Nick Wass, FR67404 AP
Zac Blair watches his tee shot form the 17th tee during the third round of the Quicken Loans National golf tournament, Saturday, June 30, 2018, in Potomac, Md.

FARMINGTON — For Zac Blair, it was the most heartbreaking of times, just two years ago, in August 2017 when he realized one lousy stroke over an entire season would have made a big difference in his future.

The Ogden native and former BYU star was in good position to earn his PGA Tour card for the fourth straight year, only to lose it by the slimmest of margins — one point — on the final FedEx Cup standings list and finish in the dreaded No. 126 spot. Only the top 125 earn automatic exemptions for the following year.

The way it happened was especially excruciating, as one player made a hole-in-one and a birdie on his final three holes to pass him up, another shot a final-round 64 to move past him and J.J. Henry, who ended up at 125, birdied his final hole to barely pass Blair up.

“It definitely stings,” Blair said at the time, “seeing a guy make a hole-in-one and another birdie on the last hole to keep you out by a point.”

Blair still had some partial status in 2018 and was able to play in 20 tournaments, but didn’t earn enough points to get back in the top 125, which put him on the Korn Ferry Tour this year.

" You’d rather be up on the big tour for sure, but it is what it is. It goes along the lines of how important every shot is. It’s part of golf, you’ve just got to play good and get back out there where you want to be. "
Former BYU golfer Zac Blair

As he plays in this week’s Utah Championship at Oakridge Country Club Thursday through Sunday, it’s Blair’s first extended experience on the “Triple-A Tour.” He played just two months on what was then called the Web.com Tour, thanks to a second-place finish in the season-ending Web.com Tour Championship.

The 28-year-old, who lives in Orem with his wife Alicia and their two dogs, tees off at 8:25 a.m. Thursday. He's played in 15 events this year, finishing in the top 10 twice, a tie for eighth in the opening event in the Bahamas and a tie for sixth in Alabama in April. He’s made nine cuts and stands in 62nd place on the Korn Ferry points list. If he can move into the top 25, he’ll regain his PGA Tour card and he needs to stay in the top 75 to qualify for the season-ending Tour Championship.

“It’s like any other tournament, you’ve got to go out and try to play well,” he said. “I’ve played here a lot, some Utah Opens and some other tournaments. If you play good, you’re comfortable, you know the course, but you've still got to go out and execute.”

Blair says he doesn’t look back and lament about his disappointment in 2017.

“You’d rather be up on the big tour for sure, but it is what it is,” he said. “It goes along the lines of how important every shot is. It’s part of golf, you’ve just got to play good and get back out there where you want to be.”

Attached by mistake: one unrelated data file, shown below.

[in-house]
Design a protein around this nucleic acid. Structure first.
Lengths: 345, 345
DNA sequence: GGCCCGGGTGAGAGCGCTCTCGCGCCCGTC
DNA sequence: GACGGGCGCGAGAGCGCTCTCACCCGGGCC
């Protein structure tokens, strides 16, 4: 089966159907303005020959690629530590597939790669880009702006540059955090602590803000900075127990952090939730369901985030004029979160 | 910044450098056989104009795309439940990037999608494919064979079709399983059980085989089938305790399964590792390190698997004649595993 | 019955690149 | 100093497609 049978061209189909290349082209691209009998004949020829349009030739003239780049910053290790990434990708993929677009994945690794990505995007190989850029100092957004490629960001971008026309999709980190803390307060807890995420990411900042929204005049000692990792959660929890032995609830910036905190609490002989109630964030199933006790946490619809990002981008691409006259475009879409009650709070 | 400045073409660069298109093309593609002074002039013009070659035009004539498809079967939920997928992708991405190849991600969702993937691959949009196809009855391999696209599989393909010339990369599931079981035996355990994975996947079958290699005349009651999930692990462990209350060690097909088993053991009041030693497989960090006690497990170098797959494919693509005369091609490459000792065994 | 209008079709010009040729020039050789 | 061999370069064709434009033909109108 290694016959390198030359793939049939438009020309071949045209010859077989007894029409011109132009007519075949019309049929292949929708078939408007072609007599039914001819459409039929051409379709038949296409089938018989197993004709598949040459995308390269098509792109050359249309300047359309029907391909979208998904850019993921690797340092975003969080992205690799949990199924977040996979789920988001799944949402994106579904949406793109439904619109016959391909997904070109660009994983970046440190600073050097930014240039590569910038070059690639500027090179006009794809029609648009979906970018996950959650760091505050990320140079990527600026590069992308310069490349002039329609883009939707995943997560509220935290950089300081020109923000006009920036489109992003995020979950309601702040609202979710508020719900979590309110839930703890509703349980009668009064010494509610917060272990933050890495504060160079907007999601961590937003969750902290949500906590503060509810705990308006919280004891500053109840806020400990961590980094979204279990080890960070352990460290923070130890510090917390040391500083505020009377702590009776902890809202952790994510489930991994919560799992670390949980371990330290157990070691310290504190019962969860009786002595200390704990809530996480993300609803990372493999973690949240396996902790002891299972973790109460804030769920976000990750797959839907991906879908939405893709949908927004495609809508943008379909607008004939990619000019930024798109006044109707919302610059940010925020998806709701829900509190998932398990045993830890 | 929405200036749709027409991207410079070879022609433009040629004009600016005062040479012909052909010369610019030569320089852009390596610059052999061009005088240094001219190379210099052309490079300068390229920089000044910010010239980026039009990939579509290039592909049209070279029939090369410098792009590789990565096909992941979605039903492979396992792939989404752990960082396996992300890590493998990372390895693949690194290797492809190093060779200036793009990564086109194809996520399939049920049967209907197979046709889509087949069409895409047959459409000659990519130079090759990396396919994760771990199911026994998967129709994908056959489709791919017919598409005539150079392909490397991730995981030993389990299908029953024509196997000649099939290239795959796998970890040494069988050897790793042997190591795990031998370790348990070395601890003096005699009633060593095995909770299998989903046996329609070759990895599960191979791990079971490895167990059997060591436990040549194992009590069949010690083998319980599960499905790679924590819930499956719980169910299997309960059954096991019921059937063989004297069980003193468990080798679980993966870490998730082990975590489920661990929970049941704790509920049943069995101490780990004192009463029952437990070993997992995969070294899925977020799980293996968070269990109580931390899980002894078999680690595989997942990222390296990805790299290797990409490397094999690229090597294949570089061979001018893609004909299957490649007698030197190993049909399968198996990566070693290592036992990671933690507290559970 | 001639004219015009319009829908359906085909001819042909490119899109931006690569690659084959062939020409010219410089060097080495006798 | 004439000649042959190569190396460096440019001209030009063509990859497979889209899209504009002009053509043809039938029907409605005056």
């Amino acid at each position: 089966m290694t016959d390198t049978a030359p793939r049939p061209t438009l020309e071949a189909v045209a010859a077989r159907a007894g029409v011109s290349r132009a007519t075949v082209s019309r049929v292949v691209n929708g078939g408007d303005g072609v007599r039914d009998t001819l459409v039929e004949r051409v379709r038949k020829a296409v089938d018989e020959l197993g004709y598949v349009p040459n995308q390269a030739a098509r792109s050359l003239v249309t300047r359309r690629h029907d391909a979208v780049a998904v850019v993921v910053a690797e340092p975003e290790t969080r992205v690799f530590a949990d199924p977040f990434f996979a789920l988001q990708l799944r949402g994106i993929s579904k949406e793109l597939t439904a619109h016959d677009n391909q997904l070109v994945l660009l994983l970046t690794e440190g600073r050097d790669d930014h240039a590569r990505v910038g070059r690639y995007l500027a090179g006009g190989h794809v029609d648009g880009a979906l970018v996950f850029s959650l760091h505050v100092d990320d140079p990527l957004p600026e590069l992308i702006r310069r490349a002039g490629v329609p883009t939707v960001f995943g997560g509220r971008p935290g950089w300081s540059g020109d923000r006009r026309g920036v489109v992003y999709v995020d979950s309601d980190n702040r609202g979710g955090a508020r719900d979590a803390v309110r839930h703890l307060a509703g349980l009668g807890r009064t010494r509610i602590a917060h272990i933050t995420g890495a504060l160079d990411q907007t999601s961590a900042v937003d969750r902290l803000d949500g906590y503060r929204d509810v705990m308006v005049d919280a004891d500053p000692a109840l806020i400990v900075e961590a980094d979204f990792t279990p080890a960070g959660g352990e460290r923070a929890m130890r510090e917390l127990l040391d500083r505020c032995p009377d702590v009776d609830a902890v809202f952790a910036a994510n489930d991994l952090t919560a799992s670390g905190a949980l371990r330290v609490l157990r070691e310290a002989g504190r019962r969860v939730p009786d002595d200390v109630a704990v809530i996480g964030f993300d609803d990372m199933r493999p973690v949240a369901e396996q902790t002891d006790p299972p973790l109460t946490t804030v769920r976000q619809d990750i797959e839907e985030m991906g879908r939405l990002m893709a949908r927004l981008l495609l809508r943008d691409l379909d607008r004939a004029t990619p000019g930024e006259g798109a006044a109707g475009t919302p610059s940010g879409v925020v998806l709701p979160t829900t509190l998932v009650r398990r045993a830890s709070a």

Two weeks ago, Blair played in the U.S. Open for the second time, after finishing in a tie for 40th place at the Open five years ago. This time it didn’t go so well, after he got off to a horrendous start, going 9-over par on his first eight holes and ending up with scores of 83 and 72.

Blair, a social media junkie, was criticized by some for posting pictures of himself playing on the beach with his dog the morning of his first round and later in the week he tweeted out that he was going to “retire” from being a golf course architect and merchandiser and “focus on professional golf.” That was referring to “The Buck Club,” a yet-to-be-built golf club that already has 15,000-plus Twitter followers with a wide variety of hats, belts and head covers that are already available for purchase.

However, Blair said he wasn’t being serious, as his Buck Club twitter account with new products showing up every day, attests, and that he’s as dedicated to golf as much as ever.

“It was more of a joke,” he said this week before a pro-am at Oakridge. “I’m pretty dedicated to golf. Anybody that knows me, knows I love golf.”

He said if he has a good week, no one says anything about his off-the-course activities.

“When you have a bad week, they wonder why you’re not out practicing or doing this,” he said. “People just don’t see it. It’s easy for people on the outside to look in and say stuff. I do what I do.”

His Buck Club course will be built somewhere in northern Utah at an undisclosed location, but still may be a few years away from realization.

“It’s been going good,” he said. “We’re in no big rush to get it done. It takes time and do the right things and (get the) right people involved and when it happens it will be a cool place.”

Comment on this story

TOURNEY NOTES: Mike Weir, who is able to play the Korn Ferry Tour this year as a 49-year-old former PGA Tour winner, will not be back at Oakridge for the second straight year as he was able to get into the PGA Tour's Rocket Mortgage Classic in Detroit this week, which is just 75 miles from his hometown of Bright’s Grove, Ontario. ... Former U.S. Open and Masters champion Angel Cabrera is in the field. The 49-year-old Argentine who is gearing up for the Champions Tour, which he is eligible for later this year, tees off at 7:45 Thursday. ... Preston Summerhays, the 16-year-old reigning Utah State Amateur champion tees off at 9:15 a.m. Thursday, while his uncle, Daniel Summerhays, tees off at 1:20 p.m. Park City pro Steele DeWald goes off at 2:30 p.m. ... Nelson Ledesma, ranked No. 18 on the Korn Ferry points list, withdrew Wednesday.